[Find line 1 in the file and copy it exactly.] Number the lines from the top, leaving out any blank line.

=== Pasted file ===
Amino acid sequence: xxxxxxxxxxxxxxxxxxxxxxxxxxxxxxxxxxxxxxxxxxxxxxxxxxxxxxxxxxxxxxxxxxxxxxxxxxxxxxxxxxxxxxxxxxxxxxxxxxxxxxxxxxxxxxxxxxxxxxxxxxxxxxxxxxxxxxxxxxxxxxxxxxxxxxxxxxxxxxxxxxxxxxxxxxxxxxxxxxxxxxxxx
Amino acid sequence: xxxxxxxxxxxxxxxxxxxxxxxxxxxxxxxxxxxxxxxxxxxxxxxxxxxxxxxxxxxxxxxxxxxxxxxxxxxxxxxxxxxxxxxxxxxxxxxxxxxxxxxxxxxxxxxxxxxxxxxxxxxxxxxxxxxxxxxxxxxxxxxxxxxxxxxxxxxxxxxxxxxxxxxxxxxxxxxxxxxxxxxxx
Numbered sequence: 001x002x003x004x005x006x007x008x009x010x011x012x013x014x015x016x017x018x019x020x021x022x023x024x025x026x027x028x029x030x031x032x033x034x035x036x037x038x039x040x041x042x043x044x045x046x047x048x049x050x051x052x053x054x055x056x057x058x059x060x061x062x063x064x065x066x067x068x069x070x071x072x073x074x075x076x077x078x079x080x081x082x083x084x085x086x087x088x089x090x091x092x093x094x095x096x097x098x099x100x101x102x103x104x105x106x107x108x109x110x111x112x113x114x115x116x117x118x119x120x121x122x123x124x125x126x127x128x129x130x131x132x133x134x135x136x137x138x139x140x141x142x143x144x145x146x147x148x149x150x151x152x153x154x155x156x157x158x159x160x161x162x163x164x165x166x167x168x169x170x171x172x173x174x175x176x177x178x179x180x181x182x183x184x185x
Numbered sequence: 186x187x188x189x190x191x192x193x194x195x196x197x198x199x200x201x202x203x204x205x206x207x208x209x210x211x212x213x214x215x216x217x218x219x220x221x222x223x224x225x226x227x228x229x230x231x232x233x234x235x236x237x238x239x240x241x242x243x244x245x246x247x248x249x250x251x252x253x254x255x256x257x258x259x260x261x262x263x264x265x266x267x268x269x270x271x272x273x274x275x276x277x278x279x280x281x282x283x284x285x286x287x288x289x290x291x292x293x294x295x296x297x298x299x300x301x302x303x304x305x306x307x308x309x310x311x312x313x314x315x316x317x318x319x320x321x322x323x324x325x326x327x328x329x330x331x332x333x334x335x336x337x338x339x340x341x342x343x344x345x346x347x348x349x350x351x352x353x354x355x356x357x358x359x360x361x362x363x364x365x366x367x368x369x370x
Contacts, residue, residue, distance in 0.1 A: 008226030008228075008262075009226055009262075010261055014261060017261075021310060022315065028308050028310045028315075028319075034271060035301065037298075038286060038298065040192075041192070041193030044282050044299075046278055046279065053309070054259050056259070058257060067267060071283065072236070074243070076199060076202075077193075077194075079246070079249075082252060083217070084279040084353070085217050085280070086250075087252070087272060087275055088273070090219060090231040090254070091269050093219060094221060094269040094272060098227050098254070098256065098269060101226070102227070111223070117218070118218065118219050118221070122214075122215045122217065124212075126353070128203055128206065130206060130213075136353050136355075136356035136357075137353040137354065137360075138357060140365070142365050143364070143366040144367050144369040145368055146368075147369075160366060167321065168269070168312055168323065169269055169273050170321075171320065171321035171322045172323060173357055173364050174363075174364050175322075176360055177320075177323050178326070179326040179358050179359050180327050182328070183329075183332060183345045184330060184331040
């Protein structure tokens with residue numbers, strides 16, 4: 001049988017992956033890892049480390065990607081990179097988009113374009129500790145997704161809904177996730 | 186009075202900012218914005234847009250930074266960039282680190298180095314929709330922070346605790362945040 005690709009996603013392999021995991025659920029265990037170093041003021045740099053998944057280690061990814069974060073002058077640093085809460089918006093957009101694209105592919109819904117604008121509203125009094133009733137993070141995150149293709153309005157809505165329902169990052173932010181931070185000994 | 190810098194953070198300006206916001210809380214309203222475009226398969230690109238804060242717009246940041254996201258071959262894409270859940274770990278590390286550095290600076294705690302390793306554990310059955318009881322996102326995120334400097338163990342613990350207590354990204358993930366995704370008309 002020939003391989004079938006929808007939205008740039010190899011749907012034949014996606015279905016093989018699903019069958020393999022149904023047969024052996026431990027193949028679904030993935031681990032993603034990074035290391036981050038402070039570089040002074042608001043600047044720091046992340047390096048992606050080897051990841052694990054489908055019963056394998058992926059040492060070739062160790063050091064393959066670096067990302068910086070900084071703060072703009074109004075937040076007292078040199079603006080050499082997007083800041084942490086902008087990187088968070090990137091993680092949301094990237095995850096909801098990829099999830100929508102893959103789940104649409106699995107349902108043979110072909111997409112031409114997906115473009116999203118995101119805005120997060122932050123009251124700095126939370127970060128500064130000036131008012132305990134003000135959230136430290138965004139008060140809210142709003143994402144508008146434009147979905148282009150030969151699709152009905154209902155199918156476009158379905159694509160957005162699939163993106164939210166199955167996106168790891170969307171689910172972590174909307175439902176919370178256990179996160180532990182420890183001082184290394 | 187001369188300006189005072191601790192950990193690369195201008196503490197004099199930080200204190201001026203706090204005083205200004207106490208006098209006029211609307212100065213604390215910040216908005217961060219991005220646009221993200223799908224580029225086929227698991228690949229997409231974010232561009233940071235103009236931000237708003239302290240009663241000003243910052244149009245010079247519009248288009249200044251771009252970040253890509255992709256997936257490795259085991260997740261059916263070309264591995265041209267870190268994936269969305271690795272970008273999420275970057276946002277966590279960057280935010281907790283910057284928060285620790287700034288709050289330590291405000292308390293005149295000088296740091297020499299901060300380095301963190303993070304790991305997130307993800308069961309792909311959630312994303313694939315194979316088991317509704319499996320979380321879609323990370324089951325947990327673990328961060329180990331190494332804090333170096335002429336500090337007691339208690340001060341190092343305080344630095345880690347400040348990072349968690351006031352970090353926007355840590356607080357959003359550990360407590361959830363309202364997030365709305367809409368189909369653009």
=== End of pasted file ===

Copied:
Amino acid sequence: xxxxxxxxxxxxxxxxxxxxxxxxxxxxxxxxxxxxxxxxxxxxxxxxxxxxxxxxxxxxxxxxxxxxxxxxxxxxxxxxxxxxxxxxxxxxxxxxxxxxxxxxxxxxxxxxxxxxxxxxxxxxxxxxxxxxxxxxxxxxxxxxxxxxxxxxxxxxxxxxxxxxxxxxxxxxxxxxxxxxxxxxx